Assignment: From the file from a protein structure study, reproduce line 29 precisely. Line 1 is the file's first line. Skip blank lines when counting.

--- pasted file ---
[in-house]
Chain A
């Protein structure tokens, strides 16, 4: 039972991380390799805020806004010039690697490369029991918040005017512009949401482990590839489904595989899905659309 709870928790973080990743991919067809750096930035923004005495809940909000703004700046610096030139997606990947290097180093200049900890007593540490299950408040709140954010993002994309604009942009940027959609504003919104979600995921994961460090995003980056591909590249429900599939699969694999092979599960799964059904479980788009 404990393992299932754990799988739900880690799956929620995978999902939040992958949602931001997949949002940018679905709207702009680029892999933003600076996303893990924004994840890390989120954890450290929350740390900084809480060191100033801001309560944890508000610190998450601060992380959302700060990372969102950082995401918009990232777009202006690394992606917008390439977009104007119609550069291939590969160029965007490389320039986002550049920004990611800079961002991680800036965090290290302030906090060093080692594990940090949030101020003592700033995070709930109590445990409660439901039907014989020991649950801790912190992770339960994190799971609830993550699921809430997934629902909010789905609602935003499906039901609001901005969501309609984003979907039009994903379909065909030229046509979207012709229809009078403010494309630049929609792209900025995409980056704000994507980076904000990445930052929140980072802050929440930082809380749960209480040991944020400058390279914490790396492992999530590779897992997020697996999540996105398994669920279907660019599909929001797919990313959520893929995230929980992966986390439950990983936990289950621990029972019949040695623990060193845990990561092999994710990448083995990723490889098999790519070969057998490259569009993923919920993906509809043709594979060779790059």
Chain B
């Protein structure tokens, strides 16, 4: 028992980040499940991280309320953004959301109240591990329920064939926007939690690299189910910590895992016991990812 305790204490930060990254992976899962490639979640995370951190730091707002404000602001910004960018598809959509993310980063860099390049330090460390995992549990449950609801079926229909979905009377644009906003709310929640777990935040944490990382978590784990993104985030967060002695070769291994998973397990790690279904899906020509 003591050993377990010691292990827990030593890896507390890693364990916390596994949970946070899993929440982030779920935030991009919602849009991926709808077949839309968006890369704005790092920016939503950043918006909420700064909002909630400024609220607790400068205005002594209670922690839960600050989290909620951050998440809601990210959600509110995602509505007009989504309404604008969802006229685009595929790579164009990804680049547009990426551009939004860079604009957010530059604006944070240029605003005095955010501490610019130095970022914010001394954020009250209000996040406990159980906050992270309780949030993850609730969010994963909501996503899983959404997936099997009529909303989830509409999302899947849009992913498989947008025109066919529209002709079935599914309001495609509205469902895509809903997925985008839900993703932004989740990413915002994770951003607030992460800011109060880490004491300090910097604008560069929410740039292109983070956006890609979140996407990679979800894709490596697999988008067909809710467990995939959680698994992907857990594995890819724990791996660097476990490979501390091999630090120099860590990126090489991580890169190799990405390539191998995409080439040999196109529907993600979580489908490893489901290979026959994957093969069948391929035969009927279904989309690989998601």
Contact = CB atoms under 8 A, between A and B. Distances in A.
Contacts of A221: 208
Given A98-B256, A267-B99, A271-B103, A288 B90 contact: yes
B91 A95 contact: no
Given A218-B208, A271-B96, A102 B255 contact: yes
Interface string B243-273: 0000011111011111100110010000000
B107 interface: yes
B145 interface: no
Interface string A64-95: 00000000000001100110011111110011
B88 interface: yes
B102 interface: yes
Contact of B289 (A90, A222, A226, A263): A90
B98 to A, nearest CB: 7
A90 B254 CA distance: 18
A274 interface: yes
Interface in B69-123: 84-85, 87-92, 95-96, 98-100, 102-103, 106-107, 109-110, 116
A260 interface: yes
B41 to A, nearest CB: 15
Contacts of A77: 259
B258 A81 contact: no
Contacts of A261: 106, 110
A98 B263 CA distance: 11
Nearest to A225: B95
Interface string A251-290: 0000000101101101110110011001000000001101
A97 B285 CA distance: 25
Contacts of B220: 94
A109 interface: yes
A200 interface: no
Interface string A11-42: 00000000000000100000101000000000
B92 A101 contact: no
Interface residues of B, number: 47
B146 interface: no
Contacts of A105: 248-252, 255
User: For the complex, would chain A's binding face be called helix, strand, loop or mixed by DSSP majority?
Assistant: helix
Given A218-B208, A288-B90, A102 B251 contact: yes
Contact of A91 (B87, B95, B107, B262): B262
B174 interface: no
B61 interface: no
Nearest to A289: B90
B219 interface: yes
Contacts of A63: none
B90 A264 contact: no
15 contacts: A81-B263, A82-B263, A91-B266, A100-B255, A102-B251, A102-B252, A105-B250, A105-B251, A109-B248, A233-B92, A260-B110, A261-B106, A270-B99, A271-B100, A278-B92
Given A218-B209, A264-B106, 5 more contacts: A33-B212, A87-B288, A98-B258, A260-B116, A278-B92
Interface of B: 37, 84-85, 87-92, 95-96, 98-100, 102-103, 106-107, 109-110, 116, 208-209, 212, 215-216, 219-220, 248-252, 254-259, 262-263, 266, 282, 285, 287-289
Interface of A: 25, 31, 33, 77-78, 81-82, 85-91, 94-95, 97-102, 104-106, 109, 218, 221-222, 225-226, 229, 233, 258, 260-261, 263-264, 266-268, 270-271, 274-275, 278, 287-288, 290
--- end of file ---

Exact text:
Interface string A251-290: 0000000101101101110110011001000000001101